Agents get a pretty bad rap, particularly when it comes to England’s Premier League.

They’re all in it for a quick buck, trying to work a big money move or a new contract for their player that will ultimately help feather their own nest. That’s the popular thinking anyway.

During the summer Aidy Ward was vilified for the way he handled, or some would say engineered, Raheem Sterling’s €65 million transfer from Liverpool to Manchester City.

The move may or may not have been the right thing for the young England international, but it would certainly have benefitted Ward, who likely pocketed a seven figure cheque for his trouble.

It’s not so long since Irish golfer Rory McIlroy paid over a rumoured €20 million-plus just to buy himself out of what he saw a bad deal with his representatives, Dublin-based Horizon Sports Management.

Jorges Mendes, the super agent who has Cristiano Ronaldo amongst others on his client list, is estimated to have made more than €150 million from his players’ transfer and contract dealings alone.

Beyond Oscar winning Hollywood blockbuster Jerry Maguire most people haven’t got much of an idea what role a player agent has — or indeed whether their bad reputation is in any way deserved.

RTE Sport spoke with Niall Woods, the former Ireland rugby international who now runs his own business, Navy Blue, and is a well-respected rugby agent whose roster includes Jordi Murphy, Isa Nacewa and Tomas O’Leary.

Certainly, there are a lot of sharks swimming in the water. It hasn’t gotten any better following the decision by soccer’s world governing body FIFA to deregulate that side of the industry.

“Of all the agents I’d know I’d say you could count on one hand, even on two or three fingers, those that have the best interests of the player at heart,” explained a retired Irish former footballer who played out his career at Championship level in England. He is still making a living from the game so didn’t wish to be identified in this article.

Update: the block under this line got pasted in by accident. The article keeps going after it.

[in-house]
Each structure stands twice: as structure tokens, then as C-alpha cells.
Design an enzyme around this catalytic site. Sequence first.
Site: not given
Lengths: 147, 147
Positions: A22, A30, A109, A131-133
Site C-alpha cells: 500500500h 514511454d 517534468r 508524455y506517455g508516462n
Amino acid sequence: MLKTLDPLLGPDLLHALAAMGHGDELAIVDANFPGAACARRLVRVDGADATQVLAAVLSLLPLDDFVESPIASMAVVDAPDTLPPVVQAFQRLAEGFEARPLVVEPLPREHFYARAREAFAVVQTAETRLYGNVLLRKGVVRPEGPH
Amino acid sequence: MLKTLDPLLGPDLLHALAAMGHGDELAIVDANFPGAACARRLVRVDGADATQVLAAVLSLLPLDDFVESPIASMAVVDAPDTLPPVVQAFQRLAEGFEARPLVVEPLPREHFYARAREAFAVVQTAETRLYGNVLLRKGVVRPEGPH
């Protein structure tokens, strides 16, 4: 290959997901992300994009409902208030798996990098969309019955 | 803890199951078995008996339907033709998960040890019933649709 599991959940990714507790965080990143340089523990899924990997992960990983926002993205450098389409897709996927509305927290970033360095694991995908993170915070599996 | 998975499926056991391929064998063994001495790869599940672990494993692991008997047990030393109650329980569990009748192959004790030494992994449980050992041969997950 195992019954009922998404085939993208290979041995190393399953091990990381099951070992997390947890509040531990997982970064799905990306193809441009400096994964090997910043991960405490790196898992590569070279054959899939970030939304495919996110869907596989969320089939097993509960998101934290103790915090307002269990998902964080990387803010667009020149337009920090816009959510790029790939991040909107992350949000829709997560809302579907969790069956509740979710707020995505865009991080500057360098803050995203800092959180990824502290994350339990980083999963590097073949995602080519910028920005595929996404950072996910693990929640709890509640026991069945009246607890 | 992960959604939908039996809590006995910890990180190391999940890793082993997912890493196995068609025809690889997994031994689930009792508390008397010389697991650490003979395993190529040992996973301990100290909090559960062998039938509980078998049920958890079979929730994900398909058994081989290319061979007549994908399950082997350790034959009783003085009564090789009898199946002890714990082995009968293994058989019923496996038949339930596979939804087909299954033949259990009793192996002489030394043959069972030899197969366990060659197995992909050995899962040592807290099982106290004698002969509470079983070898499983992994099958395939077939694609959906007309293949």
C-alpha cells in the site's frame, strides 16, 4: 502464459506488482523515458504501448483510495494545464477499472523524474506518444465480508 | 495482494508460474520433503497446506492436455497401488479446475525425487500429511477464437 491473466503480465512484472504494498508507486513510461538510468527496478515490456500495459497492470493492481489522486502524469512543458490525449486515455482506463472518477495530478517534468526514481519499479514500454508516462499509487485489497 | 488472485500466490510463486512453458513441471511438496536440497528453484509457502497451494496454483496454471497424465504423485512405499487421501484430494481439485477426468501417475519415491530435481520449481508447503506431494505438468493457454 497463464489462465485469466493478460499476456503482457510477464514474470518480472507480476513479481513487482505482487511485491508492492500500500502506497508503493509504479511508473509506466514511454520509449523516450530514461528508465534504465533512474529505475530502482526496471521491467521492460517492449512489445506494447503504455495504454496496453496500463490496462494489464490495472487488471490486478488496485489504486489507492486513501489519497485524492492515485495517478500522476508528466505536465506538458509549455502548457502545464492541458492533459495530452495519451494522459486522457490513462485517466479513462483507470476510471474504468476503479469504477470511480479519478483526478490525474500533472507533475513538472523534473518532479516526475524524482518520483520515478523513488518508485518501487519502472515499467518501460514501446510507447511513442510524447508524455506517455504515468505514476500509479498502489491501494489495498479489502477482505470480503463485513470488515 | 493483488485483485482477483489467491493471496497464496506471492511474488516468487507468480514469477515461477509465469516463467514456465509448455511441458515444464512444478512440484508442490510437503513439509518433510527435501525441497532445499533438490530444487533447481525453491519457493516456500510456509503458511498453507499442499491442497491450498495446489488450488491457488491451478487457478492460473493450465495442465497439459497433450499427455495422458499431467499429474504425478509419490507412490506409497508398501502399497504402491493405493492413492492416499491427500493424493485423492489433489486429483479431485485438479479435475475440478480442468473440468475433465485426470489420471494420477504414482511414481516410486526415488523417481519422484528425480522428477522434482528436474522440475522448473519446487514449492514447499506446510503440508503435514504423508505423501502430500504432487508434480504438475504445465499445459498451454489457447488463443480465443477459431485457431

“Most of them are hoping to get lucky with a young player and make a lot of money. A lot of players buy the bullshit the agents promise them. But are they going to be there to help the player, pick up the pieces, when it doesn’t work out for them?

“It’s often said that players can’t even wipe their own arse and that’s true because they have everything done for them. An agent has to give players guidance so that they can go to the bank or the shop on their own once their career is finished, just like anyone else does.

“It’s easy to do with the lads who are on big money. The harder job is with the lads who are further down the ladder.”

Richie Sadlier recently revealed that his former agent’s first thought on hearing of the player’s career-ending injury wasn’t to offer Sadlier a shoulder to cry on but to demand that his signing-on fee be repaid. The case was eventually settled out of court.

Several high profile soccer agents based both in Ireland and abroad were approached about taking part in this article, though all of them declined.

Of course, there are many good representatives working with their players’ best interests at heart. Many of those are operating at all levels of sports, meaning that their take-home pay at the end of the month may be pretty modest.

Stephen Bent qualified as an agent, sitting exams and passing tests, before FIFA pulled the plug and for two years he worked in Dublin for the Professional Footballers Association of Ireland (PFAI) on behalf of Irish professionals at home and abroad.

The PFAI has a duty of care to its members so they took a holistic approach to it’s mostly younger roster of players.

“We often had players coming to us with agents telling us that they couldn’t get in touch with them or that they just weren’t answering their phone when they relayed need them. That was quite common,” said Bent.